Always on the hunt for the unusual, I have recently found a great movie soundtrack for an underrated Disney classic. The Black Hole was released in 1979 with a Royal World Premiere at the Odeon Leicester Square in London on December 18th. It premiered in the United States on December 21st.
The original soundtrack album I am featuring here was released in 1979 as well to further promote the movie.
Some mild swearing (a first for a Disney film) and scenes of human death earned The Black Hole a PG (Parental Guidance suggested) rating. It was a first for a Disney production. Later Disney founded Touchstone Pictures for all of its future ‘adult themed’ entertainment.
This soundtrack album contains a 12-page full-color Souvenir Photo Album. Let’s have a look:
Each page spread has numbered photos that correspond to a quote or descriptive text.
The pages follow the movie in sequence so that you can follow along with the plot as you listen to the record.
Most of the pivotal scenes from the movie are represented.
And… The Black Hole!
The back cover of the album sleeve gives a glimpse of what is contained in the souvenir photo album, as well as a list of credits from the movie:
The album itself is produced by Walt Disney Productions on the Disneyland Records label. Percy Rodrigues provides the narration:
The movie earned nearly $36 million at the North American box office but received mixed reviews from critics. And an astrophysicist deemed The Black Hole to be the least scientifically accurate movie of all time.
But I loved it for what it was, a nice bit of Disney fantasy. Comic book adaptions, a Little Golden Book, a read-along record book, and a line of Mego Corporation action figures all help to keep the movie alive with fans!
For more adventure in The Black Hole, check out this great button.
Disney has always plussed the guest experience with a wonderful variety of live entertainment around the parks. Epcot is perhaps unique in that it offers colorful selections from around the real world around the World Showcase!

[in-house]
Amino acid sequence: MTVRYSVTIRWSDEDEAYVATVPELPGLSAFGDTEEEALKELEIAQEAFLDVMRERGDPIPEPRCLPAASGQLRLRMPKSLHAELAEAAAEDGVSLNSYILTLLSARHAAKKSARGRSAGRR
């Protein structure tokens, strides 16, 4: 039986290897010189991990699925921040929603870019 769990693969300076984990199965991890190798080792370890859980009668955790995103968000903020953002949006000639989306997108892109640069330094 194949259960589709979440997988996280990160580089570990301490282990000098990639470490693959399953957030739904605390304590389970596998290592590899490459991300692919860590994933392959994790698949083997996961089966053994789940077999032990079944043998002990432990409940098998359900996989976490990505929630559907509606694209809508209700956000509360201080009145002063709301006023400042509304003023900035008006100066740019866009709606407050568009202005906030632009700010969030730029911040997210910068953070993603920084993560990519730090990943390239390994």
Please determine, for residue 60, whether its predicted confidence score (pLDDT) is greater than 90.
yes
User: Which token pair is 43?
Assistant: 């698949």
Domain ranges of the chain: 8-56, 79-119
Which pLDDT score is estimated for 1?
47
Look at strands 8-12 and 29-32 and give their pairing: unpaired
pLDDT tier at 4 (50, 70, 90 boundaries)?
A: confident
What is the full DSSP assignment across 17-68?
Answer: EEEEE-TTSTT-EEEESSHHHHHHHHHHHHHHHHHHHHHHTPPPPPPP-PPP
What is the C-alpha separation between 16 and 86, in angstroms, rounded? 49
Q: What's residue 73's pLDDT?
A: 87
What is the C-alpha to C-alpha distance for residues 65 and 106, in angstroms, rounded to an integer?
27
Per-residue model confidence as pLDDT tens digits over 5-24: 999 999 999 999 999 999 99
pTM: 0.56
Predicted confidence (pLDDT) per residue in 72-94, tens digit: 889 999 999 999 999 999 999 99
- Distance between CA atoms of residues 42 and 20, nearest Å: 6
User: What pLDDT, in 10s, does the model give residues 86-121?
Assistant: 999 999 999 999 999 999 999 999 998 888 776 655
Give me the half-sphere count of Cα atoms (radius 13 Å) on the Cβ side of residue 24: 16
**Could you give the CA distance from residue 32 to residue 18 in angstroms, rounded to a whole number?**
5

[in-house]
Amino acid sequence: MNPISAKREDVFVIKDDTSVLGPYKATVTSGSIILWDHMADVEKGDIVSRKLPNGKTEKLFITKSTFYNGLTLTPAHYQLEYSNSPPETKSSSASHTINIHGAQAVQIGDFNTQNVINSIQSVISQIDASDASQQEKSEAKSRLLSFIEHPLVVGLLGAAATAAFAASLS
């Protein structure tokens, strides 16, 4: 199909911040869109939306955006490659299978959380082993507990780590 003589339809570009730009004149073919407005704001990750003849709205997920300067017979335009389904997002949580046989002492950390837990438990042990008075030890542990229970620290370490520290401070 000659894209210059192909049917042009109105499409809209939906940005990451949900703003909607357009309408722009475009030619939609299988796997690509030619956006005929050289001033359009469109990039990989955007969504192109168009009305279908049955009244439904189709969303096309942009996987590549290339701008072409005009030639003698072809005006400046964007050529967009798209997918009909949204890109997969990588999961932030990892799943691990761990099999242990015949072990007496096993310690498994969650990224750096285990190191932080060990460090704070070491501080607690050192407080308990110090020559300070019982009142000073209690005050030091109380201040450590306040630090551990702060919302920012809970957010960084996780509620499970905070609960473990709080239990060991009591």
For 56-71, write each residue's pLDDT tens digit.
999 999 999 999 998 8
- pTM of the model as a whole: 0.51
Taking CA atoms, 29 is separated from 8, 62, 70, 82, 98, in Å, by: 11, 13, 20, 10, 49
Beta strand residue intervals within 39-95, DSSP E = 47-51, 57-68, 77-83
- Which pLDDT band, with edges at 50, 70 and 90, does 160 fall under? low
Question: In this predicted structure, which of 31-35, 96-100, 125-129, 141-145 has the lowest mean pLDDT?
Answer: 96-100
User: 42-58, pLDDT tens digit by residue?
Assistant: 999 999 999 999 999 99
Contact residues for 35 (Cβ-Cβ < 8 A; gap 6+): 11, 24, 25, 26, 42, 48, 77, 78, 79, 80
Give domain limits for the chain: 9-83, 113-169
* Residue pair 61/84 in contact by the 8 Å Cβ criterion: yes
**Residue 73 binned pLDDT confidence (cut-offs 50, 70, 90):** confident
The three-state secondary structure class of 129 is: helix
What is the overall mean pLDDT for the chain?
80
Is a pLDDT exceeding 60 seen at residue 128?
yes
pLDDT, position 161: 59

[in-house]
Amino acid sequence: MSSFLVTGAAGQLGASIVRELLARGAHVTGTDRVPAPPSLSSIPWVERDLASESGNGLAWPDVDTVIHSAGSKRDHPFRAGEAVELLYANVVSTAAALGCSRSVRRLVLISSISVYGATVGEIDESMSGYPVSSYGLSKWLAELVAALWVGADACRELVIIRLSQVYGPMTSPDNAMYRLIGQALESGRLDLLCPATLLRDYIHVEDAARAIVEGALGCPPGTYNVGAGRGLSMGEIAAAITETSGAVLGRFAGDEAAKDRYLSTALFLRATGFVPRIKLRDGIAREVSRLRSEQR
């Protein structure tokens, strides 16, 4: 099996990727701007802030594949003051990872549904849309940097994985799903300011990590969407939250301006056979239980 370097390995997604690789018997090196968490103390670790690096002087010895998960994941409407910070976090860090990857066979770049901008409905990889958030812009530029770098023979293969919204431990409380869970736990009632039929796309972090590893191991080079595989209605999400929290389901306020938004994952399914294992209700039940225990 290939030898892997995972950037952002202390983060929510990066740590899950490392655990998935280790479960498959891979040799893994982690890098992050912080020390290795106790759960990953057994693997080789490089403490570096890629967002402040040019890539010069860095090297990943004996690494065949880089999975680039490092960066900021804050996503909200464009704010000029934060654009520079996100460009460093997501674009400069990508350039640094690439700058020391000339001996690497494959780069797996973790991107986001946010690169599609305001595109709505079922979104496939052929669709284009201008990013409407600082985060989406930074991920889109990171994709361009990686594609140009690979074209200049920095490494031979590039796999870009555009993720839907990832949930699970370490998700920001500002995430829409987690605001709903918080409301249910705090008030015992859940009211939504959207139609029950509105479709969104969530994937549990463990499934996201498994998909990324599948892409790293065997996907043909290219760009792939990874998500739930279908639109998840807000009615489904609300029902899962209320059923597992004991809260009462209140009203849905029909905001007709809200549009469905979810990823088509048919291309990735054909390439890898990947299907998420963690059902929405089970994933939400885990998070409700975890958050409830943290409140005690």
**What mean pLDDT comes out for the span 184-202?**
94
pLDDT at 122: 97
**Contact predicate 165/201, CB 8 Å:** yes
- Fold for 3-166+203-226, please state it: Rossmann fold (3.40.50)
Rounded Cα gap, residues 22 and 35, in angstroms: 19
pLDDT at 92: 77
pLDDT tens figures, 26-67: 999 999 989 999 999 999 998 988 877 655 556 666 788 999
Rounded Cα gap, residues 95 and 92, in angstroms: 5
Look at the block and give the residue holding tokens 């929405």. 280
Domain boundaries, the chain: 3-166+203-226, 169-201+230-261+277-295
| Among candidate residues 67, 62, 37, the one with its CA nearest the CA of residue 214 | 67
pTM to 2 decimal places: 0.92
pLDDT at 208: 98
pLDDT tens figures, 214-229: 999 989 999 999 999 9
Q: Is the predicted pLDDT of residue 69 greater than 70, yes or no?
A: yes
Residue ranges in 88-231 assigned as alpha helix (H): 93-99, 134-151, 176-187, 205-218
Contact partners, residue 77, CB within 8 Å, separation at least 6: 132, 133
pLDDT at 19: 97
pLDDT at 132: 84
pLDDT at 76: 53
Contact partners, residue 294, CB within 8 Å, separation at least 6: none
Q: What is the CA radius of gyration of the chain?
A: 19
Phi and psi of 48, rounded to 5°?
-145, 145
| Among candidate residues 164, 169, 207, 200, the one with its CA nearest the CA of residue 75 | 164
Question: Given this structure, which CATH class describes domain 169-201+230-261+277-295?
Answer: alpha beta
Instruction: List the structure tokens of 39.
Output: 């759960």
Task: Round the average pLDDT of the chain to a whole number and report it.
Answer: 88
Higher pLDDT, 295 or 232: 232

Welcome to this month’s Blogorail Orange Loop. Today we are sharing some of the best live entertainment at the Disney Parks.
I’d like to share some of the live entertainment acts that I have seen around Epcot over the years. Just like the other attractions in the parks, these acts have come and gone in an ever-changing line-up of talent.
This was a 6-person Moroccan musical act that played in the Morocco Pavilion. The group was often accompanied by a belly dancer. Unfortunately, Disney decided to discontinue this act and it played for the last time on September 27th, 2014.
Sometimes this version of Mo’Rockin would be playing in the Morocco Pavilion.
Off Kilter is a high-energy Celtic rock band founded by Jamie Holton, bagpiper, in 1996. The band is a unique blend of traditional Celtic tunes and songs with a rock twist, popular covers arranged with a Celtic rock feel, and original songs. Instruments consist of bagpipes, Irish whistles, electric guitar, bass, fiddle, drums and vocals. The band played for 18 years as one of the most popular bands at Walt Disney World in Florida (Canadian Pavilion, Epcot), and currently tours the country performing at many different venues.
I wish I could remember which country these four entertainers represented! They were quite good.
So, I’ve shared acts that aren’t in Epcot anymore. I include them to show the variety of acts that have been offered over the years.
The official lineup now is as follows:
British Revolution (English groups cover band)
JAMMitors (Percussion group)
Jeweled Dragon Acrobats (Chinese acrobatics)
Mariachi Cobre (Mexican band)
Matsuriza (Japanese drumming)
Rose & Crown Pub Musician (Piano)
Voices of Liberty (American vocal group)
Wies N Buam (German Oomph band)
This is by no means an exhaustive list. You can check out this official Disney site for show times and other entertainment offered.
I hope this whets your appetite for live entertainment at Epcot!
For more must see live entertainment at Disney,